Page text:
kari.marttila16:12:51

I'm using a Java library accessing Azure Table Storage (couldn't find native Clojure library). I made good progress with Clojure/Java interop but I have one difficulty implementing a class in Clojure that I need to supply to the library. I need to create the following class in Clojure public class CustomerEntity extends TableServiceEntity { public CustomerEntity(String lastName, String firstName) { this.partitionKey = lastName; this.rowKey = firstName; } public CustomerEntity() { } public String Email; public String getEmail() { return this.Email; } public void setEmail(String email) { this.Email = email; } } ... so that I'm able in Clojure to make a call like in the Java example: TableQuery.from(CustomerEntity.class).where(partitionFilter); I'm a bit puzzled should I implement the CustomerEntity class using proxy, gen-class or what?

kari.marttila16:12:54

... a nice exercise to learn how to use Clojure/Java interop in real life if I can make it work. 🙂

jumar17:12:14

I think you need gen-class since you have to pass named class to the java code. It might be better to actually do this in plain Java instead of clojure.

kari.marttila17:12:52

Thanks for quick reply! I'll first try to create a gen-class, this is my personal exercise to learn Clojure features, so no hurry here. If I'm not able to make progress I downgrade this part to Java. 🙂

kari.marttila17:12:53

I followed the diagram and it says: "use gen-class" 🙂

kari.marttila17:12:39

I wonder if I could find a very simple gen-class example which provides a couple of constructors and a getter/setter...

kari.marttila17:12:43

Unbelievable. I think this is going to work. I made a very simple gen-class that just extends the base class the library requests. Then I made the query using that gen-class and it returns 2 items just as I know it should: (count (into [] (. productgroup-table execute table-query))) => 2 Now I just have to figure out how to provide the member variables and their getters/setters for that class and how to get the values from the items.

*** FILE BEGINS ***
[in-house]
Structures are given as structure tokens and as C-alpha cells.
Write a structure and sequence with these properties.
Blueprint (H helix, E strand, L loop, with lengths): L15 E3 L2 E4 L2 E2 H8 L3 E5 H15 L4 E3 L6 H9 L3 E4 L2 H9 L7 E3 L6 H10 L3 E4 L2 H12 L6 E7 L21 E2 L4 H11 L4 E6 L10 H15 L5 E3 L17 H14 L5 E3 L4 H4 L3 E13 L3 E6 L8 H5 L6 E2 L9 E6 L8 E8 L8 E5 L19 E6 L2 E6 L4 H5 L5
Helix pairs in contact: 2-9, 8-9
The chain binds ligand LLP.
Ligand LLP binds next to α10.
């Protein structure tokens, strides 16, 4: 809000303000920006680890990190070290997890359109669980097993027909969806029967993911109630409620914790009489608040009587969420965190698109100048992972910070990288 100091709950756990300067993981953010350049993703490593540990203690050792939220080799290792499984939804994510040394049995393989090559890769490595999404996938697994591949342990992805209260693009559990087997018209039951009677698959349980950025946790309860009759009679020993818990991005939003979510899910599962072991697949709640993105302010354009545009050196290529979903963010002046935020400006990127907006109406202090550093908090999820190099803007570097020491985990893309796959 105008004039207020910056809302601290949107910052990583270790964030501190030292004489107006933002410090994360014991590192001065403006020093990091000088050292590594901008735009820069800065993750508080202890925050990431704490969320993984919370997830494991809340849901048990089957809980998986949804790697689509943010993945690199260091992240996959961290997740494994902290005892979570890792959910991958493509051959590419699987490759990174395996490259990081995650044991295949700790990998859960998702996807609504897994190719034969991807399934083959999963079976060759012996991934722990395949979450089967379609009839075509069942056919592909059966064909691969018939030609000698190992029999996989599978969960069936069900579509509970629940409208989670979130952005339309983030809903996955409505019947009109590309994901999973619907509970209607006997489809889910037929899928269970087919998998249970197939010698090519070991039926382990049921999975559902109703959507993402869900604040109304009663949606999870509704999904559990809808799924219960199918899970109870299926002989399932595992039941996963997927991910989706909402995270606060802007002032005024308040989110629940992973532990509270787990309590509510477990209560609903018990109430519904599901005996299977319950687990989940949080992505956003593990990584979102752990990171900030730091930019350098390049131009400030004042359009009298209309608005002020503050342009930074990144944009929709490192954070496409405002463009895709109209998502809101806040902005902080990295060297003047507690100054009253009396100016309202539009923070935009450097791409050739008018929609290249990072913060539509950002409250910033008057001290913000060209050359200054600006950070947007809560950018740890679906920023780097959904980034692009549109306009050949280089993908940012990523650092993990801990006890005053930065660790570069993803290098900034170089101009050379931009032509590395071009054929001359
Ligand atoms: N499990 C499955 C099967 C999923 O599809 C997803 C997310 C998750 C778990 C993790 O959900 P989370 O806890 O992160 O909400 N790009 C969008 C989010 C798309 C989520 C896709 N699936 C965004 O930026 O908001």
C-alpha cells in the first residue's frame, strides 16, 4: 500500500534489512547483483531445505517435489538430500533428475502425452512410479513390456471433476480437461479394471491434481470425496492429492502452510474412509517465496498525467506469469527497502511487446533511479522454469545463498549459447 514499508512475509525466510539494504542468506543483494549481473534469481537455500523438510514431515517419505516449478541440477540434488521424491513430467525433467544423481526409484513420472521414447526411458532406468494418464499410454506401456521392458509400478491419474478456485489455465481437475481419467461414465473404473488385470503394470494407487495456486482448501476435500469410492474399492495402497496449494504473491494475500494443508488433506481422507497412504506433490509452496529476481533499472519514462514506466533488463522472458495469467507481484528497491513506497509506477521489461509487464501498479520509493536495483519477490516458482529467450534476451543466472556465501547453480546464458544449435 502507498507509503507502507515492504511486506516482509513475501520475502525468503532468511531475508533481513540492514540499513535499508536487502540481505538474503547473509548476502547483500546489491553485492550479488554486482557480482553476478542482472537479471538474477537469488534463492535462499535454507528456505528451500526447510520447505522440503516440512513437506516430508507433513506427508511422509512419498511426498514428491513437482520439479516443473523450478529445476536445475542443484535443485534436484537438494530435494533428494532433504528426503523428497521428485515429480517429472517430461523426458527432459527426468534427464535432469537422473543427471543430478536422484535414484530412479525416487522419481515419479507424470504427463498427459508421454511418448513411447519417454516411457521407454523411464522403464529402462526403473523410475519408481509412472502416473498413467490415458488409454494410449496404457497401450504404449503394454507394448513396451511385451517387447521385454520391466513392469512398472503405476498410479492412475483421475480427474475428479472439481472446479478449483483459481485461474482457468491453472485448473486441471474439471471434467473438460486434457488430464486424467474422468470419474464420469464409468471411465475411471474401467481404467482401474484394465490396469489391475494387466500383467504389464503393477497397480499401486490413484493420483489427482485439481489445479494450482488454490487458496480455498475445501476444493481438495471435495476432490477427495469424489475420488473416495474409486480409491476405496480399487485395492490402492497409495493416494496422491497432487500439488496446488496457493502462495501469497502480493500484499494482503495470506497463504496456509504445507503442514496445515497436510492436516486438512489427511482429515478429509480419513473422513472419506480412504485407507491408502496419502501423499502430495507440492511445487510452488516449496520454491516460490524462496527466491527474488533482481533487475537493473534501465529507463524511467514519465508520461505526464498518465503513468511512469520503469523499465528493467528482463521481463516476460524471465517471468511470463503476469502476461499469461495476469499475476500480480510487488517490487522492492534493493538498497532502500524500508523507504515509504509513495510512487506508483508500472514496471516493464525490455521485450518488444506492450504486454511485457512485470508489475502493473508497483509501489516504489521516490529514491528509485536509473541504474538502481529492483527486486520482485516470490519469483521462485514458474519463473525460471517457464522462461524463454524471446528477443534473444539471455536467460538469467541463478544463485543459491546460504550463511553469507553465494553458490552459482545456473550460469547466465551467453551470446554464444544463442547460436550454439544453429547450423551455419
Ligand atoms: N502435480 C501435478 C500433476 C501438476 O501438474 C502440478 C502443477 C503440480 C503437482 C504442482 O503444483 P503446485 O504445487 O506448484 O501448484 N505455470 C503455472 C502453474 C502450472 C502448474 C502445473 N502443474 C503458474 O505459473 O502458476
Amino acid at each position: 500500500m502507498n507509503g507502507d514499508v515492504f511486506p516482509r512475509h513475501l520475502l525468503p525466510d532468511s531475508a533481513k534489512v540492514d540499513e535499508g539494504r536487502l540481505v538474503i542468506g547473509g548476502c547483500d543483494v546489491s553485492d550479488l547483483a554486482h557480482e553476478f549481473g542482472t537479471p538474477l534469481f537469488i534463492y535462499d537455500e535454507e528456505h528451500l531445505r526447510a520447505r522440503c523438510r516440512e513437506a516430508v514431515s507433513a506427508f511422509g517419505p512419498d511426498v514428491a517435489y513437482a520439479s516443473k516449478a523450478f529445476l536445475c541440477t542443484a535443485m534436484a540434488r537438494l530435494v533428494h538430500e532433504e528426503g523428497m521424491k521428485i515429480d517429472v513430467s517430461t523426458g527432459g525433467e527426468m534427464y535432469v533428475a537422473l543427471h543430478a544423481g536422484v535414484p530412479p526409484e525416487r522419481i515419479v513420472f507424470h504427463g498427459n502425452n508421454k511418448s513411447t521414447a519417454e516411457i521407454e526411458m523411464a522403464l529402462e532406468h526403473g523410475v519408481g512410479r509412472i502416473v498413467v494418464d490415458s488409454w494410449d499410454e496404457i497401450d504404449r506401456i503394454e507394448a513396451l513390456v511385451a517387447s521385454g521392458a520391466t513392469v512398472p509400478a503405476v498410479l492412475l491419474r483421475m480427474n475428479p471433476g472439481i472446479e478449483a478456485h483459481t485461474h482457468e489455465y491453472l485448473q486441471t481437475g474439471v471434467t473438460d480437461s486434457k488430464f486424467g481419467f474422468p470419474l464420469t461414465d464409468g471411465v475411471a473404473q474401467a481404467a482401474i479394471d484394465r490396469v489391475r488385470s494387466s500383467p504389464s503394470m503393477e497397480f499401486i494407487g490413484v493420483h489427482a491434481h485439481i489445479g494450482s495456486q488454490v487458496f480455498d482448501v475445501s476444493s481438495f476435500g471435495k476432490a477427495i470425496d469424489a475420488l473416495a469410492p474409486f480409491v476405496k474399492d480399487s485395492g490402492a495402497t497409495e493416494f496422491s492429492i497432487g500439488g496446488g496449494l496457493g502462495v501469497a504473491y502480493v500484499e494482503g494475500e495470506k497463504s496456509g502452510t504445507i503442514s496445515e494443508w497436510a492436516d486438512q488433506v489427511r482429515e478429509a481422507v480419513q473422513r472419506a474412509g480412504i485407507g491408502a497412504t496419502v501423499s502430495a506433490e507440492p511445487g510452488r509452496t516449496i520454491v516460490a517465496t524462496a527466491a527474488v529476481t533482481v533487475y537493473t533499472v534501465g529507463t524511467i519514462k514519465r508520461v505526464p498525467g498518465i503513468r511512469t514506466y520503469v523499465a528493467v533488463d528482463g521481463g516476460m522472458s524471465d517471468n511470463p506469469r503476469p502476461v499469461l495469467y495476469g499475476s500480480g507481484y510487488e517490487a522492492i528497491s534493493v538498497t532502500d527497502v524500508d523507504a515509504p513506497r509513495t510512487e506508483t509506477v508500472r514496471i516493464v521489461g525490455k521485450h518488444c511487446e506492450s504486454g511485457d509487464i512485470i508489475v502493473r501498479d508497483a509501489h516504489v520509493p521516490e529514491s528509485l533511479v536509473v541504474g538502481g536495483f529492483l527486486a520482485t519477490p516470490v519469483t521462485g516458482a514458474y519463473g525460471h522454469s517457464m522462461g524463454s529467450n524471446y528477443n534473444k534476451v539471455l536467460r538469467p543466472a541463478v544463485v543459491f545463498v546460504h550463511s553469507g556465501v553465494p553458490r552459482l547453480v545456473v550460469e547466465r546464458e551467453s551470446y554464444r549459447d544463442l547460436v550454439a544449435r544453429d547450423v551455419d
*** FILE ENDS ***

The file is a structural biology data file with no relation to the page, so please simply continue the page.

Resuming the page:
kari.marttila18:12:41

Using Clojure REPL experimenting with a new Java library seems to be easier than using Java to experiment with a new Java library.

kari.marttila18:12:42

Unbelievable. I did it. I used a Java decompiler to see what kind of Java class actually got created. The base class provided getters for partitionkey and rowkey. Now it is simple to call the getter: (. (first (. productgroup-table execute table-query)) getRowKey) => "Books"

kari.marttila18:12:09

This is like magic. I have been programming Java for some 20 years. I got used to all these edit-compile-build-test cycles. Now using Clojure REPL I can dynamically call the Java library methods and experiment in a way that was never possible with Java.

kari.marttila18:12:11

I thought this is going to take at least a couple of days to learn enough Clojure/Java interop so that I'm able to make the first queries - It took a couple of hours. Clojure is so beautiful and the Clojure REPL just rocks.

minhnhat10bk18:12:30

i write my java class

minhnhat10bk18:12:45

how to use it in clojure

smnplk18:12:01

@minhnhat10bk First you import it in your namespace declaration.

smnplk18:12:05

(ns my.namespace (:import (my.package.MyClass))

smnplk18:12:00

if you import only one class (:import my.package.MyClass)

smnplk18:12:04

Then you can use the interop 'sugar' to instantiate objects, call methods, call static methods ..etc. All explained here https://clojure.org/reference/java_interop

minhnhat10bk18:12:18

my class path is src/pkg/myclass

minhnhat10bk18:12:25

(import '[pkg myClass])

minhnhat10bk18:12:41

but I get Syntax error (ClassNotFoundException)

seancorfield18:12:55

@minhnhat10bk What is the package statement in your Java code?

seancorfield18:12:38

(also, did you compile it? Clojure needs the .class file, not just the .java file)

minhnhat10bk19:12:39

after build it to .class

minhnhat10bk19:12:47

It ok right now

seancorfield19:12:52

@minhnhat10bk If you're using Leiningen, you can have it compiled automatically when you run Leiningen. See https://github.com/technomancy/leiningen/blob/master/doc/MIXED_PROJECTS.md

mss23:12:53

very beginner lisp macro syntax q: is there a way to return multiple forms out of a block? so something like:

(assoc {} :a 1
          (if condition
            '(:b 2)))

mss23:12:41

the idea would be that if condition was met, the two forms would be applied. I know there are other syntactical ways to achieve something like this (`apply`, cond->, etc). just wondering if there’s a more concise syntax